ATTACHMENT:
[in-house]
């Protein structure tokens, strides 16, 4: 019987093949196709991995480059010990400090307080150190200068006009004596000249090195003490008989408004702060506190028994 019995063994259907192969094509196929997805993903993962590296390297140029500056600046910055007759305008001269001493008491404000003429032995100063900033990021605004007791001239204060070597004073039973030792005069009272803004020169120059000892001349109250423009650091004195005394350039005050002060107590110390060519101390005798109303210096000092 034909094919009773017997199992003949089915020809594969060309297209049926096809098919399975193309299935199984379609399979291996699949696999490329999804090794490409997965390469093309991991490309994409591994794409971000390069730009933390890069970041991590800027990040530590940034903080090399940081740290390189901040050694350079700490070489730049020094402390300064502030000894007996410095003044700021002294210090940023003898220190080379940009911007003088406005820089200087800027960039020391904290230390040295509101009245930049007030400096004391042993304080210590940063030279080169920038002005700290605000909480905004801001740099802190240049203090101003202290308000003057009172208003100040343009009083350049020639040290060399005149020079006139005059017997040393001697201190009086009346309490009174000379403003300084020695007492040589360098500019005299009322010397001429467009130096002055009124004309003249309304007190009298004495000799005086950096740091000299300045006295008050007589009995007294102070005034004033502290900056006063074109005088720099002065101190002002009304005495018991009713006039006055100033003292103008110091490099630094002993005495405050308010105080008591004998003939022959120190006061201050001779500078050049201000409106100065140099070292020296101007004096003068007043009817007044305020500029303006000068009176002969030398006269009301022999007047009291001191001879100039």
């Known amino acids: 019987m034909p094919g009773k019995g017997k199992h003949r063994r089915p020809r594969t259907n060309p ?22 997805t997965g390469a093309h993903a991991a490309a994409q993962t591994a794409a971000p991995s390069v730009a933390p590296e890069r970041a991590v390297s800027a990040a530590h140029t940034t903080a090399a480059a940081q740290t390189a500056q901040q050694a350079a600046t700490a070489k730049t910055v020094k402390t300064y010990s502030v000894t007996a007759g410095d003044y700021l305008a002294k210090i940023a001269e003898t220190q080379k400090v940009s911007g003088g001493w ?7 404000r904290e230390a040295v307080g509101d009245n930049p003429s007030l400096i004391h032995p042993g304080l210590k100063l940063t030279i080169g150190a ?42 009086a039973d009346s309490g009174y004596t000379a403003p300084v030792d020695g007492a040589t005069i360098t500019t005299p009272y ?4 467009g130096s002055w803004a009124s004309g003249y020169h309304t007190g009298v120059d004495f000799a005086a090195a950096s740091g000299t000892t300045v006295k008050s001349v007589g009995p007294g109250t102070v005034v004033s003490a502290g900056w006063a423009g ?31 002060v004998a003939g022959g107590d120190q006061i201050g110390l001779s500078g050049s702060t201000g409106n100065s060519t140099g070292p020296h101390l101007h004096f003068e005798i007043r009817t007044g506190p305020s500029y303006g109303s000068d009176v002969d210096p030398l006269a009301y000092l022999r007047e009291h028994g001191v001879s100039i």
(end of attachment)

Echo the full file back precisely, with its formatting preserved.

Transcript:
[in-house]
């Protein structure tokens, strides 16, 4: 019987093949196709991995480059010990400090307080150190200068006009004596000249090195003490008989408004702060506190028994 019995063994259907192969094509196929997805993903993962590296390297140029500056600046910055007759305008001269001493008491404000003429032995100063900033990021605004007791001239204060070597004073039973030792005069009272803004020169120059000892001349109250423009650091004195005394350039005050002060107590110390060519101390005798109303210096000092 034909094919009773017997199992003949089915020809594969060309297209049926096809098919399975193309299935199984379609399979291996699949696999490329999804090794490409997965390469093309991991490309994409591994794409971000390069730009933390890069970041991590800027990040530590940034903080090399940081740290390189901040050694350079700490070489730049020094402390300064502030000894007996410095003044700021002294210090940023003898220190080379940009911007003088406005820089200087800027960039020391904290230390040295509101009245930049007030400096004391042993304080210590940063030279080169920038002005700290605000909480905004801001740099802190240049203090101003202290308000003057009172208003100040343009009083350049020639040290060399005149020079006139005059017997040393001697201190009086009346309490009174000379403003300084020695007492040589360098500019005299009322010397001429467009130096002055009124004309003249309304007190009298004495000799005086950096740091000299300045006295008050007589009995007294102070005034004033502290900056006063074109005088720099002065101190002002009304005495018991009713006039006055100033003292103008110091490099630094002993005495405050308010105080008591004998003939022959120190006061201050001779500078050049201000409106100065140099070292020296101007004096003068007043009817007044305020500029303006000068009176002969030398006269009301022999007047009291001191001879100039």
């Known amino acids: 019987m034909p094919g009773k019995g017997k199992h003949r063994r089915p020809r594969t259907n060309p ?22 997805t997965g390469a093309h993903a991991a490309a994409q993962t591994a794409a971000p991995s390069v730009a933390p590296e890069r970041a991590v390297s800027a990040a530590h140029t940034t903080a090399a480059a940081q740290t390189a500056q901040q050694a350079a600046t700490a070489k730049t910055v020094k402390t300064y010990s502030v000894t007996a007759g410095d003044y700021l305008a002294k210090i940023a001269e003898t220190q080379k400090v940009s911007g003088g001493w ?7 404000r904290e230390a040295v307080g509101d009245n930049p003429s007030l400096i004391h032995p042993g304080l210590k100063l940063t030279i080169g150190a ?42 009086a039973d009346s309490g009174y004596t000379a403003p300084v030792d020695g007492a040589t005069i360098t500019t005299p009272y ?4 467009g130096s002055w803004a009124s004309g003249y020169h309304t007190g009298v120059d004495f000799a005086a090195a950096s740091g000299t000892t300045v006295k008050s001349v007589g009995p007294g109250t102070v005034v004033s003490a502290g900056w006063a423009g ?31 002060v004998a003939g022959g107590d120190q006061i201050g110390l001779s500078g050049s702060t201000g409106n100065s060519t140099g070292p020296h101390l101007h004096f003068e005798i007043r009817t007044g506190p305020s500029y303006g109303s000068d009176v002969d210096p030398l006269a009301y000092l022999r007047e009291h028994g001191v001879s100039i």